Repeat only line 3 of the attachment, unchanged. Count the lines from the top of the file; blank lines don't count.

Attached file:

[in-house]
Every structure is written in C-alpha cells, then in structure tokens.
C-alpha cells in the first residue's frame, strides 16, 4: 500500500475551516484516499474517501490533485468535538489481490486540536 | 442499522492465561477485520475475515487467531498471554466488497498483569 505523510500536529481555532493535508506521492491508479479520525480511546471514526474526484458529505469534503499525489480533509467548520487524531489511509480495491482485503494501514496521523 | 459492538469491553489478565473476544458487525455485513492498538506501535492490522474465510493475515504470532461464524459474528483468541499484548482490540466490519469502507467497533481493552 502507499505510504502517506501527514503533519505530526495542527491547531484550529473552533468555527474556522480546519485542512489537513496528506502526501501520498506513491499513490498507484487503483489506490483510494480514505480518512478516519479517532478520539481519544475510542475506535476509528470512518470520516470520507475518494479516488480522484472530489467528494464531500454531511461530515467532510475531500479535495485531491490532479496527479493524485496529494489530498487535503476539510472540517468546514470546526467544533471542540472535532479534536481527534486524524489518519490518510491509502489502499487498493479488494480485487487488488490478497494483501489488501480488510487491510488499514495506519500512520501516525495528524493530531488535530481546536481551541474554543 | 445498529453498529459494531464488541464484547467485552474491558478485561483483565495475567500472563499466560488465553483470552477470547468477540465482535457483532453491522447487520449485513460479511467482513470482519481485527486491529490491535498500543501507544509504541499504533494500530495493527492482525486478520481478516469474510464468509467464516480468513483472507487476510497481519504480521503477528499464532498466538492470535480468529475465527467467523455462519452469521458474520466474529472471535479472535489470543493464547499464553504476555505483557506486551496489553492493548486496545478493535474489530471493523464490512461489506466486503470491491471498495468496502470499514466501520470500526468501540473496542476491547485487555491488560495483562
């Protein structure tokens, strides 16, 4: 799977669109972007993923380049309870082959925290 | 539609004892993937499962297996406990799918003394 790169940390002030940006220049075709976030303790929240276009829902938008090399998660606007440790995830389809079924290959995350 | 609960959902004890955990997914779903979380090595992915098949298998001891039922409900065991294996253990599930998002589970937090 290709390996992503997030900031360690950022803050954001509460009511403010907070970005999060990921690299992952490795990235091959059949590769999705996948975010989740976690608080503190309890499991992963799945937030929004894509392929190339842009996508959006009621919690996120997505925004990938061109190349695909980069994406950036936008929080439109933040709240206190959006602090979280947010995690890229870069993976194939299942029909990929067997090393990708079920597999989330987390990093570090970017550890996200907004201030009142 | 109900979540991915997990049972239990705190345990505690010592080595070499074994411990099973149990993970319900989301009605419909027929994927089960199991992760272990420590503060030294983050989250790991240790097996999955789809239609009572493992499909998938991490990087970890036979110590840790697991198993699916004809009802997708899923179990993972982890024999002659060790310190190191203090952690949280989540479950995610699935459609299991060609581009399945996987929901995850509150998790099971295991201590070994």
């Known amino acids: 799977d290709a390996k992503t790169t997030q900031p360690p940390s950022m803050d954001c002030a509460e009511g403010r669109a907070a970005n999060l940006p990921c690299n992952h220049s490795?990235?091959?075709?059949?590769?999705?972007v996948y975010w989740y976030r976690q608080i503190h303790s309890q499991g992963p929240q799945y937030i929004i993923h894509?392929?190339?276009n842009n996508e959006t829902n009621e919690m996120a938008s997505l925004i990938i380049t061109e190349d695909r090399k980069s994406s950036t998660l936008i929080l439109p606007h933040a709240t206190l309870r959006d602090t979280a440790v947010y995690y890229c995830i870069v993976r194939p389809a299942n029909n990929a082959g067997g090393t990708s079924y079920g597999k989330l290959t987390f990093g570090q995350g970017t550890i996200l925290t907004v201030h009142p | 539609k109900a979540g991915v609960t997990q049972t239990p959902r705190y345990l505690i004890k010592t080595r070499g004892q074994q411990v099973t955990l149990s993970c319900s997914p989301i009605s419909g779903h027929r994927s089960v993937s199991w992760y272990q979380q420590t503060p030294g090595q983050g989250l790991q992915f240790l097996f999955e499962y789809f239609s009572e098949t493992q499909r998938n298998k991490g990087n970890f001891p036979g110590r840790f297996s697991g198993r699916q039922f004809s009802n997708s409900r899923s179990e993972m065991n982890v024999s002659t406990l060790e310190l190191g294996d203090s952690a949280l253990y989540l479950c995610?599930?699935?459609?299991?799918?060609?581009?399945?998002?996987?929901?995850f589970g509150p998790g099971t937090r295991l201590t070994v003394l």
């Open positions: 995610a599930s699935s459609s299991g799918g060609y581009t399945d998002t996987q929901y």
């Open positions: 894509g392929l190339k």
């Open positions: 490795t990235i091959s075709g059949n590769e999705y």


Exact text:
C-alpha cells in the first residue's frame, strides 16, 4: 500500500475551516484516499474517501490533485468535538489481490486540536 | 442499522492465561477485520475475515487467531498471554466488497498483569 505523510500536529481555532493535508506521492491508479479520525480511546471514526474526484458529505469534503499525489480533509467548520487524531489511509480495491482485503494501514496521523 | 459492538469491553489478565473476544458487525455485513492498538506501535492490522474465510493475515504470532461464524459474528483468541499484548482490540466490519469502507467497533481493552 502507499505510504502517506501527514503533519505530526495542527491547531484550529473552533468555527474556522480546519485542512489537513496528506502526501501520498506513491499513490498507484487503483489506490483510494480514505480518512478516519479517532478520539481519544475510542475506535476509528470512518470520516470520507475518494479516488480522484472530489467528494464531500454531511461530515467532510475531500479535495485531491490532479496527479493524485496529494489530498487535503476539510472540517468546514470546526467544533471542540472535532479534536481527534486524524489518519490518510491509502489502499487498493479488494480485487487488488490478497494483501489488501480488510487491510488499514495506519500512520501516525495528524493530531488535530481546536481551541474554543 | 445498529453498529459494531464488541464484547467485552474491558478485561483483565495475567500472563499466560488465553483470552477470547468477540465482535457483532453491522447487520449485513460479511467482513470482519481485527486491529490491535498500543501507544509504541499504533494500530495493527492482525486478520481478516469474510464468509467464516480468513483472507487476510497481519504480521503477528499464532498466538492470535480468529475465527467467523455462519452469521458474520466474529472471535479472535489470543493464547499464553504476555505483557506486551496489553492493548486496545478493535474489530471493523464490512461489506466486503470491491471498495468496502470499514466501520470500526468501540473496542476491547485487555491488560495483562